Cryo-electron tomography reveals uromodulin's role in urinary tract infection protection
Free-flowing filaments of Uromodulin protect against urinary tract infections (UTIs) by duping potentially harmful bacteria to attach to their fishbone-like molecular architecture - rather than to sensitive urinary tract tissues - before being flushed out of the body during urination, researchers report. (2020-07-02)

'Spear and shield' inspire high toughness microstructure
Researchers designed a discontinuous fibrous Bouligand (DFB) architecture and tested the 3D-printed single-edge notched specimens with such architecture for optimization parameter. (2020-06-28)

Dynamics of DNA replication revealed at the nanoscale
Using super-resolution technology a University of Technology Sydney led team has directly visualised the process of DNA replication in single human cells. (2020-06-25)

22,000 tiny tremblors illustrate 3D fault geometry and earthquake swarm evolution
By mapping the more than 22,000 tremblors, researchers composed a detailed, three-dimensional image of the complex fault structure below southern California's Cahuilla Valley. (2020-06-18)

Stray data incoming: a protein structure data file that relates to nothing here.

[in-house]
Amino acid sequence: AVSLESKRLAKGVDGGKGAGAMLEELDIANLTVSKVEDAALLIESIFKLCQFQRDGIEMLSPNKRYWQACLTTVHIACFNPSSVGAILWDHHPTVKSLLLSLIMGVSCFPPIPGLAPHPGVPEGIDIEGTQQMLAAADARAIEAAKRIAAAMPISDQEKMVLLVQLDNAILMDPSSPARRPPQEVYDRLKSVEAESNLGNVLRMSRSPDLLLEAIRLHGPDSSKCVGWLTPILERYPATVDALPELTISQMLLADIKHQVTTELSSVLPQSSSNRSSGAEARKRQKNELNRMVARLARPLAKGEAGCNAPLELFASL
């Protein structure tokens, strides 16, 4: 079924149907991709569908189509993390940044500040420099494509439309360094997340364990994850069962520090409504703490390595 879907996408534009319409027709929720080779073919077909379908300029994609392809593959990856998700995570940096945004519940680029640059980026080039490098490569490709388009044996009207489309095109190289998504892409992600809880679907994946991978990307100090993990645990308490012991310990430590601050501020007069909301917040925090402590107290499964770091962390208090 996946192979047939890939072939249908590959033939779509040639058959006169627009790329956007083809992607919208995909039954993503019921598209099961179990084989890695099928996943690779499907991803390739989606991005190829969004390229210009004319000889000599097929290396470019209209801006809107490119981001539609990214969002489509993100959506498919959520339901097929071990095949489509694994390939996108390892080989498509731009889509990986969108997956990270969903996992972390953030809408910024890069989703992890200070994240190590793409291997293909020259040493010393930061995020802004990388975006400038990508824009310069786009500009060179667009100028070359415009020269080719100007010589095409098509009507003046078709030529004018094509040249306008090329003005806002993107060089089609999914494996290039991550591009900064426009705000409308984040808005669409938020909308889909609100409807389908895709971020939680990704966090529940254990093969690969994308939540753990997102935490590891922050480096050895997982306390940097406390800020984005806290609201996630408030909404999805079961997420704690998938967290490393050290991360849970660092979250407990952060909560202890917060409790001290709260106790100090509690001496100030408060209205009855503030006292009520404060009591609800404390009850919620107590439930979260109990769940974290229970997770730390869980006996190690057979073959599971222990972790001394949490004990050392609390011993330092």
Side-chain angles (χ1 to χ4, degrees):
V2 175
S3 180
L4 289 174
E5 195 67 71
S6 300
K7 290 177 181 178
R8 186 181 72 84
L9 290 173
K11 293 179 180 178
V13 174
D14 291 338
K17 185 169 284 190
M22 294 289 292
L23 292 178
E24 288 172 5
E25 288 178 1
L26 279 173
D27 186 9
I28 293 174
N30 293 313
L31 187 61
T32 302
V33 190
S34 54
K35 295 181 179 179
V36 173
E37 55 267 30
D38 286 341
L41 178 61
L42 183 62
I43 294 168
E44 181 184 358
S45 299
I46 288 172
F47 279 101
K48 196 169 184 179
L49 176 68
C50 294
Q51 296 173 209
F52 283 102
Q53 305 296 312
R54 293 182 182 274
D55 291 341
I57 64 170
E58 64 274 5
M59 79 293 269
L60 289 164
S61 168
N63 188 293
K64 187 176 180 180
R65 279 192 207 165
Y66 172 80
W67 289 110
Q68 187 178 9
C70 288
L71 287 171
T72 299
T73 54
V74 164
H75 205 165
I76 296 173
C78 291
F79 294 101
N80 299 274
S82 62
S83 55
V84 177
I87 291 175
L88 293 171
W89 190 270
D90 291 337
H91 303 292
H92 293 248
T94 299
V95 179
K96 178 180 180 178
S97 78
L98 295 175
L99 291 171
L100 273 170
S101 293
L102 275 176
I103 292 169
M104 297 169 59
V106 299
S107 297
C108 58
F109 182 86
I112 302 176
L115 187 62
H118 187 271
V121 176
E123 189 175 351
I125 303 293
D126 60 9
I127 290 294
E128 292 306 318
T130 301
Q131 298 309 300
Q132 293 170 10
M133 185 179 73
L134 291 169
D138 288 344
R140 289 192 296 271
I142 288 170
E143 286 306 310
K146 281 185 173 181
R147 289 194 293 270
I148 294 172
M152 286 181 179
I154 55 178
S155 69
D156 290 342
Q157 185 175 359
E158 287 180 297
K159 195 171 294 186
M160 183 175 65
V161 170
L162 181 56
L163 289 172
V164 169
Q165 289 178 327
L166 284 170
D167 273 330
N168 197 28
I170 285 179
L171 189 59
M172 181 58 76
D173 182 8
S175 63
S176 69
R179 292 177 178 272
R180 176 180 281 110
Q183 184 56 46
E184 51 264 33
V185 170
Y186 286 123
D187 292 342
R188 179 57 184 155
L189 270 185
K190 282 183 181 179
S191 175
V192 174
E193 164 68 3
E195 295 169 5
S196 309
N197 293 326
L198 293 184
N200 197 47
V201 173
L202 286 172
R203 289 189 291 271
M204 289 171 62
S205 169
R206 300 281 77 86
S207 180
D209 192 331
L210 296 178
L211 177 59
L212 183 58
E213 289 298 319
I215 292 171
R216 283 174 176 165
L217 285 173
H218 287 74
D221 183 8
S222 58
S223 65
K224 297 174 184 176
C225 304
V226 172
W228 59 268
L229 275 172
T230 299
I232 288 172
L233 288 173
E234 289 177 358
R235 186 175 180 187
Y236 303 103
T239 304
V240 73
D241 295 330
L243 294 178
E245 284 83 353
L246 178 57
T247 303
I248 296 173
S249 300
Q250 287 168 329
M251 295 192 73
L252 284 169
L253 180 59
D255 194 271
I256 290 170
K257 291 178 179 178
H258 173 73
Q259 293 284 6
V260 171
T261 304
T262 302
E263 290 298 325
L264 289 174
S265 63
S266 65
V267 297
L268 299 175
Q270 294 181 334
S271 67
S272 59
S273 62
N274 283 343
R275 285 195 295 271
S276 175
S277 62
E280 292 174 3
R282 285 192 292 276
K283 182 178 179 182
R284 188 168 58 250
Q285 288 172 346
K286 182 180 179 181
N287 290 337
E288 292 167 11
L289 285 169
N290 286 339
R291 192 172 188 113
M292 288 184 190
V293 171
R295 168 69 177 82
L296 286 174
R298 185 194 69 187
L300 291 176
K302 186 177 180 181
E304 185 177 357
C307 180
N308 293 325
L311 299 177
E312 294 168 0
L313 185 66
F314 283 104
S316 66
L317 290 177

Natural fluid injections triggered Cahuilla earthquake swarm
Scientists generated a catalog of 22,000 seismic events from a four-year period to reveal the structure of an active fault zone. (2020-06-18)

3D X-ray reveals secrets from inside bones
An international team of researchers from Aarhus University, the European Synchotron (ESRF), Chalmers University and the Paul Scherrer Institute have uncovered a previously unknown substructure in bone tissue using a new X-ray technique to produce 3D images of the internal structure of bones. The discovery potentially questions fundamentally a number of the models of bone tissue and the mechanical properties of bones that, among other things, is used to describe the process of bone formation. (2020-06-15)

Rice engineers offer smart, timely ideas for AI bottlenecks
Rice University researchers have demonstrated methods for both designing data-centric computing hardware and co-designing hardware with machine-learning algorithms that together can improve energy efficiency in artificial intelligence hardware by as much as two orders of magnitude. (2020-06-11)

3-D shape of human genome essential for robust inflammatory response
The three-dimensional structure of the human genome is essential for providing a rapid and robust inflammatory response but is surprisingly not vital for reprogramming one cell type into another. The findings can aid efforts to understand why an inflammatory response is impaired or exaggerated and may one day be used to modulate it. (2020-06-08)

Protecting the neuronal architecture
Protecting nerve cells from losing their characteristic extensions, the dendrites, can reduce brain damage after a stroke. Neurobiologists from Heidelberg University have demonstrated this by means of research on a mouse model. The team, led by Prof. Dr. Hilmar Bading in cooperation with Junior Professor Dr. Daniela Mauceri, is investigating the protection of neuronal architecture to develop new approaches to treating neurodegenerative diseases. (2020-06-05)